Love Bugs and Wallace’s Balls.

Love Bugs Stationery Collection 

A couple of years back while living in London I would take the number 11 bus past an old shop called 'Artiques' every morning. Noisily sliding my squished face along the top deck window I would try to catch a glimpse of the wall covered in framed insect taxidermy. After months of smudging my makeup I finally went in and emerged an hour later laden with an iridescently blue butterfly, two shiny green jewel bugs, a pistachio walking leaf insect and a rather pompous pink lobster (it wasn't cooked). It made me feel like a million love bugs. I was going to crush Christmas that year and could not believe they were in their original state; no colour or gloss had been added whatsoever with the exception of the leaf insect, which loses its natural camouflage after death and was tinted by hand. The brilliant colour of the jewel beetles tickled me and I wanted to find out more about their uses and discovery.

Darwin the Plagiarist

They were named 'Wallace jewel beetles' after their quasi dad Alfred Russel Wallace. If you don't know of him you're a philistine, but Wikipedia will tell you he was a big dog naturalist, explorer, geographer, anthropologist, and biologist, and would have been a huge fan of our love bugs. Wallace had the first hunch about the theory of evolution on his eight year voyage in the 1850's to South East Asia. He actually sent his ideas to Charles Darwin, who cheekily published them in the scientific equivalent of a page turner ' The Creation of Mankind'.

Wallace had the idea, but tough titties, his name is not the one mankind remembers. Luckily Wallace was a cool guy and harboured no hard feelings for Darwin, as his 14.000mile trip also resulted in the collection of around 100.000 specimens of insects ALONE. What a popular guy he must have been on his return. I am practically hearing people's chins hitting the floors of their Victorian mansions when Wallace whipped out his Fungus Weevil or the apparently very tasty Giant toe biting Waterbug. The Victorian society ladies would have been frothing at the mouth at the sight of the many varieties of greeny sheeny jewel bugs.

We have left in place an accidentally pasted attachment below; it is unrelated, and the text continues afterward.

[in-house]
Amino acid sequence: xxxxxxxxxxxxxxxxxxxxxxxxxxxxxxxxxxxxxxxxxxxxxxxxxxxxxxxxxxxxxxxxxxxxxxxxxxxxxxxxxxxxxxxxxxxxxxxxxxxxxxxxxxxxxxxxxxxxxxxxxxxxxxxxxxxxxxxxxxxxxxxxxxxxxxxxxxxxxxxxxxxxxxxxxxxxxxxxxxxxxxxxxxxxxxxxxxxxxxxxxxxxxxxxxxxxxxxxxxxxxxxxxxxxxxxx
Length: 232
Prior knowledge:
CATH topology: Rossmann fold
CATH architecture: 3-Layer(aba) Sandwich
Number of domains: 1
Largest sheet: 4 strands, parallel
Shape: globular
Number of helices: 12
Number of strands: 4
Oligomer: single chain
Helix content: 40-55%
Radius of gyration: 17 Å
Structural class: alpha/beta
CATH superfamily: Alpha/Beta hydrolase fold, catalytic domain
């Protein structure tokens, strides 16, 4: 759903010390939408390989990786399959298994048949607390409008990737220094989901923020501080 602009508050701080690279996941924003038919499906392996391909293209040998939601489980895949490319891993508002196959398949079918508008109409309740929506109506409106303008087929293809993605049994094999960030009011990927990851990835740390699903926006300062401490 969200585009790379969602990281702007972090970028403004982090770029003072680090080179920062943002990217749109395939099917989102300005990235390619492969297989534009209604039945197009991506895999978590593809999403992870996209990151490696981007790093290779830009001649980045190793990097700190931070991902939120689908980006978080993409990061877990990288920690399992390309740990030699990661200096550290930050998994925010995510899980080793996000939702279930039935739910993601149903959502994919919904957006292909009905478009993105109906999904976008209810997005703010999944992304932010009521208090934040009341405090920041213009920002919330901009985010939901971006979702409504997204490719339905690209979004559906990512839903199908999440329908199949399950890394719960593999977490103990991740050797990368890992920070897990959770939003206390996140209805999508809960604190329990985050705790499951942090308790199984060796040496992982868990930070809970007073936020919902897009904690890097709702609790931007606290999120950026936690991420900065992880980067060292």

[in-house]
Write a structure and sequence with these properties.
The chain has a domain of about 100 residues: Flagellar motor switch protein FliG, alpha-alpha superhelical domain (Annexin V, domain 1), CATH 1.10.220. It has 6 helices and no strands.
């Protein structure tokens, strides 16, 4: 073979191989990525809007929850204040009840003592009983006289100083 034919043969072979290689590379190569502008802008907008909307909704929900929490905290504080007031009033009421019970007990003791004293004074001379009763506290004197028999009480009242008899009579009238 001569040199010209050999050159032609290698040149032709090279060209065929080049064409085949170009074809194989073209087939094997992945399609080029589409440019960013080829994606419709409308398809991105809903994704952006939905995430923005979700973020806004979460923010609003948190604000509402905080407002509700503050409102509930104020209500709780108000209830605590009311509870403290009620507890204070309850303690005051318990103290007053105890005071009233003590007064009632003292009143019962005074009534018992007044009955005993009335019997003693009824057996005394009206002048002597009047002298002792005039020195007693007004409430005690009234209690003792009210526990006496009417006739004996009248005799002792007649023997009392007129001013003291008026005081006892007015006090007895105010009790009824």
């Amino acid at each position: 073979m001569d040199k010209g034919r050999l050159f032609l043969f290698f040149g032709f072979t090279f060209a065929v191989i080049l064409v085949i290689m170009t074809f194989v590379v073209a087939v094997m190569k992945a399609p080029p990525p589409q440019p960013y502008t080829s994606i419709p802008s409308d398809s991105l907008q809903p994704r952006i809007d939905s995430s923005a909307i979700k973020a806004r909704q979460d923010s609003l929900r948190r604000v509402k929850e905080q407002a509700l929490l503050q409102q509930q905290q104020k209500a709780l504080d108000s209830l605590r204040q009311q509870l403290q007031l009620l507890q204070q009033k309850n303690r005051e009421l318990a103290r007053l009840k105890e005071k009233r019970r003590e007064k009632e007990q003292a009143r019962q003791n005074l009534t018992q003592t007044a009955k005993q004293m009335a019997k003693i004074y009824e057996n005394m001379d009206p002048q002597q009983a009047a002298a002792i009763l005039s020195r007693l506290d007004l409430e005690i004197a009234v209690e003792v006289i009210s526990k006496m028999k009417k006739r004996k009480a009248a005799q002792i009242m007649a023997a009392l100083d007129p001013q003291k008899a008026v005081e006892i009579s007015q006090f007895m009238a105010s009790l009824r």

Lady Macbeth the Love Bugs Trendsetter

In a time before baby pink crocodile Birkin Bags or Kanye West's mocca creme Yeezy's these gleaming shards of beetle wings were the perfect status symbol for the latest fashion fads in clothing and jewellery. One of the most famous faces of her time actor Ellen Terry played Lady Macbeth at the London Lyceum Theatre in 1888 draped in a shimmering emerald green robe covered in Wallace jewel beetle wings, alas not our fave Love Bugs but not a bad substitute. She looked like some sort of sparkly disco lizard and I know what you're thinking: But how did she sit down?

Macbeth Dress 

Ellen Terry as Lady Macbeth 1889 John Singer Sargent[/caption]

I don't know, but the dress with its floor length trumpet sleeves became a source of amazement with audiences and was captured by the most expensive portrait artist of the century John Singer Sargent. He saw Ellen on stage in her gown and mouthed: "I HAVE TO PAINT YOU." No, he didn't really, but he did paint her and she herself wrote of the masterpiece in 1888: “The picture of me is nearly finished, and I think it is magnificent. The green and blue of the dress is splendid, and the expression as Lady Macbeth holds the crown over her head is quite wonderful.” Later she noted: “The picture is the sensation of the year. Of course opinions differ about it, but there are dense crowds round it day after day. There is talk of putting it on exhibition by itself.” Alright, calm down Ellen. The beautiful, but let's face it, quite witchy full length portrait is on permanent show at the Tate Britain in London and well worth a visit. The original dress was only recently in 2011 restored at big expense by conservation specialist Zenzie Tinker, click here to read more about the restoration. Over 1300 hours Zenzie and her team of tinkers reattached 1000 wings that had fallen off or needed replacing. It continues to inspire fashion and media trends to this day. Charlize Theron wore a dress made of beetle wings as the evil queen in 'Snow White and the Huntsman' and the character Queen Elinor's robe in the Disney animation 'Brave' bears a striking resemblance to Ellen Terry's gown. The dress is on display at Smallhythe Place in Kent.